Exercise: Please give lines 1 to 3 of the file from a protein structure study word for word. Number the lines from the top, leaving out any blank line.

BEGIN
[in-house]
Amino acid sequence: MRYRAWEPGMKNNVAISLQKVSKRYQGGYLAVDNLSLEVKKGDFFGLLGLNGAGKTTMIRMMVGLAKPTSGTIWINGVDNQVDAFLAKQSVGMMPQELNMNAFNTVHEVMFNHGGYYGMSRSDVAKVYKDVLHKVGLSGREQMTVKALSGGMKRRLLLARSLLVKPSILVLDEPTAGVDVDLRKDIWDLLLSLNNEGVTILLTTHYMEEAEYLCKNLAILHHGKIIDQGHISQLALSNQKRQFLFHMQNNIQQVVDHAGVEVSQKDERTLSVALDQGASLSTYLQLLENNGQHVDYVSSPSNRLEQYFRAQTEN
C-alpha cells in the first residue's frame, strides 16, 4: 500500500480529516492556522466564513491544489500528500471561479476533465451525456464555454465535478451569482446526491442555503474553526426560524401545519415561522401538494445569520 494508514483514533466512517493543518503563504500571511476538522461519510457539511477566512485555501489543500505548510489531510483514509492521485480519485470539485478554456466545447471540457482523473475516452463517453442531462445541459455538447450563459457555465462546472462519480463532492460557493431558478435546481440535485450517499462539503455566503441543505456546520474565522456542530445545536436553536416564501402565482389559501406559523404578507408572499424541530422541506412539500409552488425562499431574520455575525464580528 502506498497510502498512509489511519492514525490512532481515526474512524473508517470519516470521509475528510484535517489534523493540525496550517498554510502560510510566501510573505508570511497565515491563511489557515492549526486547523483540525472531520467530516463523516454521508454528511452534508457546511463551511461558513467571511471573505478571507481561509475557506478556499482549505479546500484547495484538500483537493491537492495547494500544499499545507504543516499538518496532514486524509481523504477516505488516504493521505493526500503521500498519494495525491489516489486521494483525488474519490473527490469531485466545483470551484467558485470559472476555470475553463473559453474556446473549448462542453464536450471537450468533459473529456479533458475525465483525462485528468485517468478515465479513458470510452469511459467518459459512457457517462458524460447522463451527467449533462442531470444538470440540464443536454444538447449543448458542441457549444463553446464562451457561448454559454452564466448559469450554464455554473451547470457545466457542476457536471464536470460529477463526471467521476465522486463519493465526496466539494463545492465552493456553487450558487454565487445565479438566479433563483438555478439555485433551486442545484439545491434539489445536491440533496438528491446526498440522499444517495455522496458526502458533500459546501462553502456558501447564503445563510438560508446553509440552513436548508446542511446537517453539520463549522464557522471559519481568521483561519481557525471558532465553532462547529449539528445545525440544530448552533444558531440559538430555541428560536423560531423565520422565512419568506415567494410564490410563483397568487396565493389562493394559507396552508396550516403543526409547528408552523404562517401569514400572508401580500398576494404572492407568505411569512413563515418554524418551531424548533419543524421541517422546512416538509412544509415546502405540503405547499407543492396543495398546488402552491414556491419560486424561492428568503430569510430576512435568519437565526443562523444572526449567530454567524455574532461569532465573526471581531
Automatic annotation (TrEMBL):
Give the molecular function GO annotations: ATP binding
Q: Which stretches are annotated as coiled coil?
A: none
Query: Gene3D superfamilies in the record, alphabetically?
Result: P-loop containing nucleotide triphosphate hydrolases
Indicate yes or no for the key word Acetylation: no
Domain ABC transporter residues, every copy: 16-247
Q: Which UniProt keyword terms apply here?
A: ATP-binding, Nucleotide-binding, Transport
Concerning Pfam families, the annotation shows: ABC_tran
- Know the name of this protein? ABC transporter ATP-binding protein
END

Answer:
[in-house]
Amino acid sequence: MRYRAWEPGMKNNVAISLQKVSKRYQGGYLAVDNLSLEVKKGDFFGLLGLNGAGKTTMIRMMVGLAKPTSGTIWINGVDNQVDAFLAKQSVGMMPQELNMNAFNTVHEVMFNHGGYYGMSRSDVAKVYKDVLHKVGLSGREQMTVKALSGGMKRRLLLARSLLVKPSILVLDEPTAGVDVDLRKDIWDLLLSLNNEGVTILLTTHYMEEAEYLCKNLAILHHGKIIDQGHISQLALSNQKRQFLFHMQNNIQQVVDHAGVEVSQKDERTLSVALDQGASLSTYLQLLENNGQHVDYVSSPSNRLEQYFRAQTEN
C-alpha cells in the first residue's frame, strides 16, 4: 500500500480529516492556522466564513491544489500528500471561479476533465451525456464555454465535478451569482446526491442555503474553526426560524401545519415561522401538494445569520 494508514483514533466512517493543518503563504500571511476538522461519510457539511477566512485555501489543500505548510489531510483514509492521485480519485470539485478554456466545447471540457482523473475516452463517453442531462445541459455538447450563459457555465462546472462519480463532492460557493431558478435546481440535485450517499462539503455566503441543505456546520474565522456542530445545536436553536416564501402565482389559501406559523404578507408572499424541530422541506412539500409552488425562499431574520455575525464580528 502506498497510502498512509489511519492514525490512532481515526474512524473508517470519516470521509475528510484535517489534523493540525496550517498554510502560510510566501510573505508570511497565515491563511489557515492549526486547523483540525472531520467530516463523516454521508454528511452534508457546511463551511461558513467571511471573505478571507481561509475557506478556499482549505479546500484547495484538500483537493491537492495547494500544499499545507504543516499538518496532514486524509481523504477516505488516504493521505493526500503521500498519494495525491489516489486521494483525488474519490473527490469531485466545483470551484467558485470559472476555470475553463473559453474556446473549448462542453464536450471537450468533459473529456479533458475525465483525462485528468485517468478515465479513458470510452469511459467518459459512457457517462458524460447522463451527467449533462442531470444538470440540464443536454444538447449543448458542441457549444463553446464562451457561448454559454452564466448559469450554464455554473451547470457545466457542476457536471464536470460529477463526471467521476465522486463519493465526496466539494463545492465552493456553487450558487454565487445565479438566479433563483438555478439555485433551486442545484439545491434539489445536491440533496438528491446526498440522499444517495455522496458526502458533500459546501462553502456558501447564503445563510438560508446553509440552513436548508446542511446537517453539520463549522464557522471559519481568521483561519481557525471558532465553532462547529449539528445545525440544530448552533444558531440559538430555541428560536423560531423565520422565512419568506415567494410564490410563483397568487396565493389562493394559507396552508396550516403543526409547528408552523404562517401569514400572508401580500398576494404572492407568505411569512413563515418554524418551531424548533419543524421541517422546512416538509412544509415546502405540503405547499407543492396543495398546488402552491414556491419560486424561492428568503430569510430576512435568519437565526443562523444572526449567530454567524455574532461569532465573526471581531